The Obama administration late Thursday acknowledged a top-secret National Security Agency (NSA) program that collects information on Internet users.
The government insisted the program is aimed only at people outside of the United States and is tremendously valuable in stopping terrorism.
Director of National Intelligence James Clapper called the leak of information about the program's existence "reprehensible."
Separately, an administration official said: "Information collected under this program is among the most important and valuable intelligence information we collect and is used to protect our nation from a wide variety of threats."
The Guardian and The Washington Post reported on Thursday that the NSA is running an operation called PRISM that taps directly into the central servers of nine U.S. Internet companies: Microsoft, Yahoo, Google, Facebook, AOL, Skype, YouTube, Apple and PalTalk.
Clapper did not directly reference PRISM in his statement, saying only that the two media reports “refer to collection of communications pursuant to Section 702 of the Foreign Intelligence Surveillance Act” and contain “numerous inaccuracies.”
He noted that Section 702 was recently reauthorized by Congress "after extensive hearings and debate."
Many of the tech companies identified as participating in the program have denied knowledge of the surveillance.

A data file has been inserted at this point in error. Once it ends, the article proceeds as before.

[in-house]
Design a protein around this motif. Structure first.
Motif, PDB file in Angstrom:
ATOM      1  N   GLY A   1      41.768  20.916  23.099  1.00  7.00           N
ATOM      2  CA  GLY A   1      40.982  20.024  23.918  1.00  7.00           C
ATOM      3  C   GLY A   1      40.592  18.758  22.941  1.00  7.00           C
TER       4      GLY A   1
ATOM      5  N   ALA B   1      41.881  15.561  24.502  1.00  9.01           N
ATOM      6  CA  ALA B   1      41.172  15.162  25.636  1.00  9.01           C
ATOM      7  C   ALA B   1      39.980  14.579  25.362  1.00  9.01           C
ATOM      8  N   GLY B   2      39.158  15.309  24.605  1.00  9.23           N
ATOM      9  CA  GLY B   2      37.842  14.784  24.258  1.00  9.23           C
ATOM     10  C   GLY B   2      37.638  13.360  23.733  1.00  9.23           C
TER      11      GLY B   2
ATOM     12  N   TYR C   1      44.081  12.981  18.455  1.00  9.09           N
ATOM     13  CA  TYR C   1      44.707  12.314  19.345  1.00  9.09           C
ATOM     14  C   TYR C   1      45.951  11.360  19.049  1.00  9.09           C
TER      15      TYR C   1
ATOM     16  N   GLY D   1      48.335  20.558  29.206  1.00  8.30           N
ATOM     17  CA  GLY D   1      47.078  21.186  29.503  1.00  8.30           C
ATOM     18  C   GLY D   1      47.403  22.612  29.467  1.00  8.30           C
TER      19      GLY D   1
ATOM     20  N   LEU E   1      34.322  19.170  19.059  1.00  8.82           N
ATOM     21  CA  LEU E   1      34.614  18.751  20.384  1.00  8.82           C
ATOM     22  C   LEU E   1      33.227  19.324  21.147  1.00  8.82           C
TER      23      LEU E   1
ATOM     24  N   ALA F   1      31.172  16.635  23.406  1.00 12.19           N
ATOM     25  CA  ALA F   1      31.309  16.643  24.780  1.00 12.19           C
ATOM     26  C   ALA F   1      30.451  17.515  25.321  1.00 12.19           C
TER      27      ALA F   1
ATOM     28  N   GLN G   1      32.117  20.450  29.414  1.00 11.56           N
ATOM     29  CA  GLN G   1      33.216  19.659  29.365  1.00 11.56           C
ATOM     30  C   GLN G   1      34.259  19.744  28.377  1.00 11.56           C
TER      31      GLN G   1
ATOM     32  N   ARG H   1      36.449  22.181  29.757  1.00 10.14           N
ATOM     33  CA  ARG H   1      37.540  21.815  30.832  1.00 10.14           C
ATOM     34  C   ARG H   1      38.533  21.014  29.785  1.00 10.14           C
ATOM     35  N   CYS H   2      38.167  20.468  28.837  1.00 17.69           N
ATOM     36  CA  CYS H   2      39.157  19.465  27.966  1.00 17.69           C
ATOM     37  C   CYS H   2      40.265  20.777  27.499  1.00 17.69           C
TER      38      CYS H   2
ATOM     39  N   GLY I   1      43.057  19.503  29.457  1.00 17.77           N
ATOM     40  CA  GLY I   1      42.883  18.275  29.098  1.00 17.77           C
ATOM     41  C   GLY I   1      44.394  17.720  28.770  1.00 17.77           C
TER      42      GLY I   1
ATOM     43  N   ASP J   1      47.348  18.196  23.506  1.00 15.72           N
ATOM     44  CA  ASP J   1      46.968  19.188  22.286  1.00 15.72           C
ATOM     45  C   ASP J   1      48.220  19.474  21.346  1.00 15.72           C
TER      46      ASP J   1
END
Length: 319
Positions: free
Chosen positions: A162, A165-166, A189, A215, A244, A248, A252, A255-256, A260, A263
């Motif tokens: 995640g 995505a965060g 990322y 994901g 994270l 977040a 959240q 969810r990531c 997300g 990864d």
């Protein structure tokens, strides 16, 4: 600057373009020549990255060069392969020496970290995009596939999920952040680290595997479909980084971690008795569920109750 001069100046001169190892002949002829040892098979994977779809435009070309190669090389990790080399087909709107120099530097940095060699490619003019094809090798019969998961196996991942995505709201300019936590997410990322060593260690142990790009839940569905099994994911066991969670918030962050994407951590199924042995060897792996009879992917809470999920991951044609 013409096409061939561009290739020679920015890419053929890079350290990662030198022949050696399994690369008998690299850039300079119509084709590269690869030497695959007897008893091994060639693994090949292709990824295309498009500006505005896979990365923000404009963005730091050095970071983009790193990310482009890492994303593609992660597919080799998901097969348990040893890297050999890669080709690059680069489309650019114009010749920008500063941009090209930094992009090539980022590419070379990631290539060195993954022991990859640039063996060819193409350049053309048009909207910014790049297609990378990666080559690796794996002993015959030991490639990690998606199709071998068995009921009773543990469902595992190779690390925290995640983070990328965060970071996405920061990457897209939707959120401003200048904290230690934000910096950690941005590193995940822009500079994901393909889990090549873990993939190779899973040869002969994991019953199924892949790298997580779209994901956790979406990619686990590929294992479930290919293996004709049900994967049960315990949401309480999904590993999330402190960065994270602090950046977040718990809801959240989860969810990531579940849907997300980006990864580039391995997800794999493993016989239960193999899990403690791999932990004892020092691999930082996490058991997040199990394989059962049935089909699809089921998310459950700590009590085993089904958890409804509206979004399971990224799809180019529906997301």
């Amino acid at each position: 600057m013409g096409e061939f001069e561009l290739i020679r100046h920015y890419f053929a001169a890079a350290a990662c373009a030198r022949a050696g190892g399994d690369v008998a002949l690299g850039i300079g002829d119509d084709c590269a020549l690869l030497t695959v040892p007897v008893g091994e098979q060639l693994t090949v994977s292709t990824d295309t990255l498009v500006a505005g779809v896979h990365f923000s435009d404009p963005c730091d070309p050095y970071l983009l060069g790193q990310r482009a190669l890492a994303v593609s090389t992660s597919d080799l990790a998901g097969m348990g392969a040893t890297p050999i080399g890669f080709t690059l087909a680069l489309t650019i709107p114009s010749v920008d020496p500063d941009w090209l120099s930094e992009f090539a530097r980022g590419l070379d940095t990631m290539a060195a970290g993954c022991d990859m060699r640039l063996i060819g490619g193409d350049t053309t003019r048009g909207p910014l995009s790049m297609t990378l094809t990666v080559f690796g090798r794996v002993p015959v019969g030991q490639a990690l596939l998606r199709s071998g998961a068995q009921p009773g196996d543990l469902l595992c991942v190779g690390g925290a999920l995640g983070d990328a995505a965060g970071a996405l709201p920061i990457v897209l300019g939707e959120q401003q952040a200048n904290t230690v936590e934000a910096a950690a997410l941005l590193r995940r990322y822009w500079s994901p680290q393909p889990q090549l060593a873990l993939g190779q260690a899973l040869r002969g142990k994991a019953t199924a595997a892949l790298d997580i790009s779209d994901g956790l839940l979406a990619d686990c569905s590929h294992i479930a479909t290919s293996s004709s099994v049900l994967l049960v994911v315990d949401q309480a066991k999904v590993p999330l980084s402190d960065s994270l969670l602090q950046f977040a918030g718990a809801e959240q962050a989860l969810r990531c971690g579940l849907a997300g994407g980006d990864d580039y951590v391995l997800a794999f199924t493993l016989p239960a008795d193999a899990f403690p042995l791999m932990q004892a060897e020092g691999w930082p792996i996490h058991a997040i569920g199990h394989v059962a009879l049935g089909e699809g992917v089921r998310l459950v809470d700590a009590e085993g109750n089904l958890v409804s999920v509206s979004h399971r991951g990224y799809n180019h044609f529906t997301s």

"We have never heard of PRISM," Steve Dowling, an Apple spokesman, said in an emailed statement. "We do not provide any government agency with direct access to our servers, and any government agency requesting customer data must get a court order."
"We do not provide any government organization with direct access to Facebook servers," Joe Sullivan, Facebook's chief security officer, said. "When Facebook is asked for data or information about specific individuals, we carefully scrutinize any such request for compliance with all applicable laws and provide information only to the extent required by law."
The PRISM program gives the government access to user's emails, video chats, audio, photographs and documents, the newspapers reported.
News of PRISM came on the heels of a separate report that the NSA has been collecting the phone records of millions of people in the United States. But unlike the court order for phone records, PRISM reportedly gives the NSA access to the actual contents of users' communications.
The government official said Congress authorized the program under Section 702 of the Foreign Intelligence Surveillance Act, which does not allow the targeting of any U.S. citizen or person in the United States.
"The program is subject to oversight by the Foreign Intelligence Surveillance Court, the Executive Branch and Congress," the official said. "It involves extensive procedures, specifically approved by the court, to ensure that only non-U.S. persons outside the U.S. are targeted, and that minimize the acquisition, retention and dissemination of incidentally acquired information about U.S. persons."
According to The Washington Post, analysts use "selectors" to determine with "51 percent confidence" that a target is foreign before accessing the information.
Training materials obtained by the Post instruct analysts to document accidentally collected U.S. content in quarterly reports, but explain that “it’s nothing to worry about.”
— This report was last updated at 10:24 a.m. on Friday.